Saturday, August 16, 2008

Demetrius Andrade To Fight South Korea's Kim Jung-joo On Sunday

Here's the latest on Demetrius Andrade, via the Providence Journal :

The last time Demetrius Andrade fought Andrey Balanov of Russia, the situation was far different.

It was 2005. Andrade, weeks away from his 17th birthday, was in Russia on his first international trip. Balanov was 28 and an experienced world boxer.

"He was the first person I ever fought over, maybe, [the age of] 22," Andrade said. "I was real nervous. I'm only 16, I've got no power, I can't hold the guy. I [just] went in there and did my thing."

"His thing" was a 35-17 loss.

"But I learned from it," Andrade said, "and it got me to where I am today."

Where he is today is far different. Andrade is now 20, the world amateur welterweight champion, and is one of the shining stars of the U.S. Olympic boxing team. He proved just how far he's come with a dominating 14-3 victory over Balanov in the quarterfinals on Thursday night in Beijing (Thursday morning Eastern time).

Balanov actually scored only one point in the match; he was awarded the other two when Andrade was penalized for ducking. Andrade's faster, more accurate punches overpowered Balanov, whose strategy -- based, seemingly, on a knowledge of Andrade's style -- was to try and trade blows with Andrade in the center of the ring at the beginning of the fight.

"I can't do cheap, easy punches," said Andrade. "I've got to pick my punches."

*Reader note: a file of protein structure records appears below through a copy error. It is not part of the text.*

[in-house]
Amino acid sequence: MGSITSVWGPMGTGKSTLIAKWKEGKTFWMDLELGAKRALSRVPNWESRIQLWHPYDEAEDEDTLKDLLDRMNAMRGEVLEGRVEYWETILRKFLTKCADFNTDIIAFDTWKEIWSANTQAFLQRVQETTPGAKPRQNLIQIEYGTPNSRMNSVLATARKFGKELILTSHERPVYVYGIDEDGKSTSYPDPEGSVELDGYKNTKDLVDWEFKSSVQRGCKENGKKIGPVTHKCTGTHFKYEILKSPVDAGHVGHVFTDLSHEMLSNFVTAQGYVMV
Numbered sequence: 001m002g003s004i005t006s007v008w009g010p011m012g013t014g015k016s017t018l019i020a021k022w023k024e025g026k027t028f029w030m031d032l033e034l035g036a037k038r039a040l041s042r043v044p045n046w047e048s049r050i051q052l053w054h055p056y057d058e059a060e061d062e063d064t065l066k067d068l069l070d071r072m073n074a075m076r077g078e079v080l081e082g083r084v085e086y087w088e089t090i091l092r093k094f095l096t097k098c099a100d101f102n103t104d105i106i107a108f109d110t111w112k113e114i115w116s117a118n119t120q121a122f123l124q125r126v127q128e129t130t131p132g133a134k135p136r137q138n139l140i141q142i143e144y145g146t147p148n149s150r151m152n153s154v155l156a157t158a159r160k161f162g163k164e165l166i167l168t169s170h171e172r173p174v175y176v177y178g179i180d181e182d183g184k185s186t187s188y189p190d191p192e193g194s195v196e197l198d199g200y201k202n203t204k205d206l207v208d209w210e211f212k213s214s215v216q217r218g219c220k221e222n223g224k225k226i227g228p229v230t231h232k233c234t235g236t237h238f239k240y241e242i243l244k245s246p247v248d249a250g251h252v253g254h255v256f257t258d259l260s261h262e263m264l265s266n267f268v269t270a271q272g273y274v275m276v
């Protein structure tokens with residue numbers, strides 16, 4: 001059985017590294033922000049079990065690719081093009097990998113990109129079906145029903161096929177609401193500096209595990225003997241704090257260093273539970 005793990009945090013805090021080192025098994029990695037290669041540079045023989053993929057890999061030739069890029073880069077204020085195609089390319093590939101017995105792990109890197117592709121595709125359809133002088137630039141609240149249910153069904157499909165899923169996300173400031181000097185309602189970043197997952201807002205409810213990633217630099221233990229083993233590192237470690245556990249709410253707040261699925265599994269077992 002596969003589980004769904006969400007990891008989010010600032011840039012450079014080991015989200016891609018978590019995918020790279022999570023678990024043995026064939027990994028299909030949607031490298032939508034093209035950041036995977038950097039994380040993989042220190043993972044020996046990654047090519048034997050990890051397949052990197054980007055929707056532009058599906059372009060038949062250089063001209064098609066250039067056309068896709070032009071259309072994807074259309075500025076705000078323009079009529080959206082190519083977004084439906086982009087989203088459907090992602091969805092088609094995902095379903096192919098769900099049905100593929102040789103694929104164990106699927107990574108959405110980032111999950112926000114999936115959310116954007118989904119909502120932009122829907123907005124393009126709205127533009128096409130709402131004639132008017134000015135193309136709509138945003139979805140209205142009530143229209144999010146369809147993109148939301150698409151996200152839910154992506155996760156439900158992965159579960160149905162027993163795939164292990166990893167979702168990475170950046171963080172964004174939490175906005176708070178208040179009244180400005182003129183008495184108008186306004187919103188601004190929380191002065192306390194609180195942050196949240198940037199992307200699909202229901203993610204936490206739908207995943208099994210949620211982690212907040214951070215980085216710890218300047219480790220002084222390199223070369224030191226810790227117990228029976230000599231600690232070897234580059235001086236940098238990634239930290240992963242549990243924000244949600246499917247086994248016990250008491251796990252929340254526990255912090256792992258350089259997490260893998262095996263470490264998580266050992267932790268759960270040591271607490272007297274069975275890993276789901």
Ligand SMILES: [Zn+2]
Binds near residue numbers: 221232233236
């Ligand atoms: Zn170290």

The Providence native led 2-0 after the first round, but then took control of the fight in the second round and cruised to the victory, which came easier than his 11-9 win over Kakhaber Jvania of Georgia in the first round on Sunday.

"The first fight was rough, but I'm very pleased with this one," said Andrade. "I worked on my strength and conditioning [between fights]. ... I was finding my range, my footwork was nice and I felt good out there."

With the win, he became the first American boxer to reach the quarterfinals. He'll fight again Sunday morning Eastern time at 8:46 a.m. against South Korea's Kim Jung-joo.

Of the American boxers still alive in the tournament, he has, perhaps, the best shot at a gold medal.

"Maybe I'm the favorite, but I don't pay attention to that," said Andrade. "We've got five [American] guys left [in the tournament], everyone on the team can do it, [we'll] just go out there and do our best."

He's also the favorite of the Chinese crowds ... but that could be because they think he's Kobe Bryant. Andrade bears only a passing resemblance to the international basketball star, but the Chinese -- apparently confusing him for Bryant -- mobbed him when he stepped onto the concourse at the boxing venue. The crowds eventually backed up the tunnel and into the arena before a squadron of security people, some with flashing lights and warning claxons, formed a protective semi-circle around Andrade.

Andrade finds it all amusing.

"It's happened a couple of times before," he said.

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